If you take this to a logical extreme, and you assume a very agile (by which I mean “iterative and incremental”) delivery process, you can frame all of your work around two key metrics: Feature Readiness and Feature Coverage.
There’s more to that idea and I’ll likely explore that in a different post, but think about what that means. The benefits of fast feedback should be reflected in the amount of metrics you have to capture that tell you whether you are being effective and efficient. Metrics are often just another form of churn, quite frankly, and remember that churn is one of the things we want to minimize.
First-Class Citizens Are Your Specs
Let’s briefly go back to the relationship between delivery teams (testers, developers) and their stakeholders (product).
We normally hear some variation on this idea:
“Teams use conversations around concrete examples of system behavior to help develop a shared understanding of how features will provide value to the business.”
The theory being that this lets you determine which features matter and frames discussions about how those features should work. This means that the activity of defining stories places emphasis on a dynamic, iterative process that is designed to facilitate communication and a shared understanding of the problem space.
What I still think is missing is the ability to often harness the “dynamic, iterative” part. We still have roadblocks because development and testing activities are not interleaved.
I believe you harness the dynamic and iterative aspects by minimizing artifacts so that you come as close as possible to a single source of truth with built in traceability.
Now, I’m certainly not saying anything too revelatory there. Except that usually this idea is framed as you working to align your requirements as closely as possible with statements of test. I’ve even advocated this very same thing. I’m not so sure this is the right way to advocate this any more. But, for now, just note that the idea is that these “tests” read more like specifications than so-called “traditional tests.” They focus on the behavior of the application, using tests simply as a means to express and verify that behavior.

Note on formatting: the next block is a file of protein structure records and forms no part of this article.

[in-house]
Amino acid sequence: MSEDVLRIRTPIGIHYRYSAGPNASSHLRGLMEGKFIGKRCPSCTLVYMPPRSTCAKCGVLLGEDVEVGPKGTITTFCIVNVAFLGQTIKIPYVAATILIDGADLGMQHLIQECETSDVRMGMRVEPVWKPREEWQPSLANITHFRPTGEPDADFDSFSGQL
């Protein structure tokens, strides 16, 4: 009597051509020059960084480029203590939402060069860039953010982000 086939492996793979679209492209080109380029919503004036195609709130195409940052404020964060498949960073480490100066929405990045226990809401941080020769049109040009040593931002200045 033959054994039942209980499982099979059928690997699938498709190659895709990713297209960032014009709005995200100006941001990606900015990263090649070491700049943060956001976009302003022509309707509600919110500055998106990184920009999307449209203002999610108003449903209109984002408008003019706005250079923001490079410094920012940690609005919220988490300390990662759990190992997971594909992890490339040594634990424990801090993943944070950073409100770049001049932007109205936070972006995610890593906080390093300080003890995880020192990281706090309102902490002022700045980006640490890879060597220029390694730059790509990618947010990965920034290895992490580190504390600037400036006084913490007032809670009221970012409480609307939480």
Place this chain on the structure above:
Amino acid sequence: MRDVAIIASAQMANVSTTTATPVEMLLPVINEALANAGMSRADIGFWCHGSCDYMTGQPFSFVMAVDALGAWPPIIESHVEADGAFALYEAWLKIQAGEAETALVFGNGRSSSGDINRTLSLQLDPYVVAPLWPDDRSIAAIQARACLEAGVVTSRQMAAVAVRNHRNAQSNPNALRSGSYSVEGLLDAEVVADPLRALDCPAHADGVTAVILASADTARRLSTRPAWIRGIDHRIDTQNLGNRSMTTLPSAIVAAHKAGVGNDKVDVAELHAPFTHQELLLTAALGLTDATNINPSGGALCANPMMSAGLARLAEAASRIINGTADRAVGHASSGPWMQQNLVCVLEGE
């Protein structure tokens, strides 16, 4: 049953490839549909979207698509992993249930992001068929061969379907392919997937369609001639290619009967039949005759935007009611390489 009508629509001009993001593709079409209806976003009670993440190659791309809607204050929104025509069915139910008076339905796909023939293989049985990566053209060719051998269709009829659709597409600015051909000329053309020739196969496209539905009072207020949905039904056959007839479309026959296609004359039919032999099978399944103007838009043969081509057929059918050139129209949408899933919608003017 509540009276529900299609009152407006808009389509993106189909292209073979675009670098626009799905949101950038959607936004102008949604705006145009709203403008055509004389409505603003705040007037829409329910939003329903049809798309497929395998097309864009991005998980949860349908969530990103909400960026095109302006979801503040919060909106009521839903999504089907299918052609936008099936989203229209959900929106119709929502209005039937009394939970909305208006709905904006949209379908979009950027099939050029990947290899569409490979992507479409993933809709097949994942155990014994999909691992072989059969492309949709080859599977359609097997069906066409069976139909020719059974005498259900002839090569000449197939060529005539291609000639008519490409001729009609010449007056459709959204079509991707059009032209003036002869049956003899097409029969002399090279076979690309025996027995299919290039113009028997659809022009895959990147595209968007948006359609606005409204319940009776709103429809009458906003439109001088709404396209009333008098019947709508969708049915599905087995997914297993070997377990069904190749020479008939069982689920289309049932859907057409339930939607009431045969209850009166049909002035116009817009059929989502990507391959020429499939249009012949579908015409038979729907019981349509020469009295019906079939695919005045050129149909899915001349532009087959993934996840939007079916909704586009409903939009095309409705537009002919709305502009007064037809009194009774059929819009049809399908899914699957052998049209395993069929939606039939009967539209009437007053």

Uh … isn’t that BDD?
Hey wait! Good point. Aren’t I really just circling around the idea of executable specifications in the traditional BDD approach?
Executable specifications written in natural language are, as it turns out, a very poor way of communicating requirements. Note that I’m not saying requirements in natural language are a poor way to communicate; I’m saying executable specifications are.
The problem is that they conflate two areas of discipline and regardless of discussions about how imperative or declarative these artifacts should be kept, it’s a constant balancing act to “speak the right way.” I’ve given lots of examples of this in my TDL posts. Yet, having said all this, it’s no doubt true that examples are a great way to clarify any requirements.
I think a lot of our tooling around testing makes the mistake of pulling natural language down rather than pushing natural language up. I think this approach is how you build and maintain that relationship between stakeholders on a team — yes, even the non-technical ones who don’t want to, nor should be expected to, read code. Yet I fully maintain what I said before: code should be a first-class citizen and it should be the source of truth.
This idea, when staged within the context of what I’ve talked about so far in this “Modern Testing” series, is where I’m convinced testers have to provide tooling that adapts to not just the immediate context of a shifting development landscape, but also in terms of the shifting nature of how decisions are made on a project.
I’m leaving this post on a bit of a cliffhanger here because all of this was very descriptive. What I need to do is get prescriptive and say what our activities look like in the context of the truths I’m hoping get unpacked.